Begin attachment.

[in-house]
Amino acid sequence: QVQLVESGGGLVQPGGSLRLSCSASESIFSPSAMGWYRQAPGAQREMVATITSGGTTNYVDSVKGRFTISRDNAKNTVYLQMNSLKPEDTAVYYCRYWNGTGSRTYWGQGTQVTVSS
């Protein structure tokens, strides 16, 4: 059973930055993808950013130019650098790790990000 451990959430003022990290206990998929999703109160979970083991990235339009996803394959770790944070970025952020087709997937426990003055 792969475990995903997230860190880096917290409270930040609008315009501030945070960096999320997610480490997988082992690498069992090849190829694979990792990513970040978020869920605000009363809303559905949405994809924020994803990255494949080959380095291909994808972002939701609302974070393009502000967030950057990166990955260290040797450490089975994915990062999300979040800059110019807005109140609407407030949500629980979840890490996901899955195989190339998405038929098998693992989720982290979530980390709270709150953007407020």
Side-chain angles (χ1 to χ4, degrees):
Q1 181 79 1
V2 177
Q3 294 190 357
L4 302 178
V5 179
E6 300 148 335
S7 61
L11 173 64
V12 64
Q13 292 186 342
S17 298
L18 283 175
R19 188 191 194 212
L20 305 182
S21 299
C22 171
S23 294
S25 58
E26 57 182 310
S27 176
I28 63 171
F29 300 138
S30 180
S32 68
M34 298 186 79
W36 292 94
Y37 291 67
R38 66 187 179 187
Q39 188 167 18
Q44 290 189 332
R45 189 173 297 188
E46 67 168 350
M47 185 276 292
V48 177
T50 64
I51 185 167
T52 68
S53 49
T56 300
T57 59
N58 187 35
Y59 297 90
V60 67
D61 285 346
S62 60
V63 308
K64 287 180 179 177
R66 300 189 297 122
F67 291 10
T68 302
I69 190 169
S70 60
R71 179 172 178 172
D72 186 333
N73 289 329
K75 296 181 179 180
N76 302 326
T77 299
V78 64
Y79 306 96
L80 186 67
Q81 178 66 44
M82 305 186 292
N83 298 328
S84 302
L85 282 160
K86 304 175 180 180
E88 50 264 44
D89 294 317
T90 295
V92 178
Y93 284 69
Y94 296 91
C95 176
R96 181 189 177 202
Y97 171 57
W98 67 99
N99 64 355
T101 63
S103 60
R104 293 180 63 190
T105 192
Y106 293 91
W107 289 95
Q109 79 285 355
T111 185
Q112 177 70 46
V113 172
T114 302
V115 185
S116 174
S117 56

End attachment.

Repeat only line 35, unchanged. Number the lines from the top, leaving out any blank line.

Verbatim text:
R45 189 173 297 188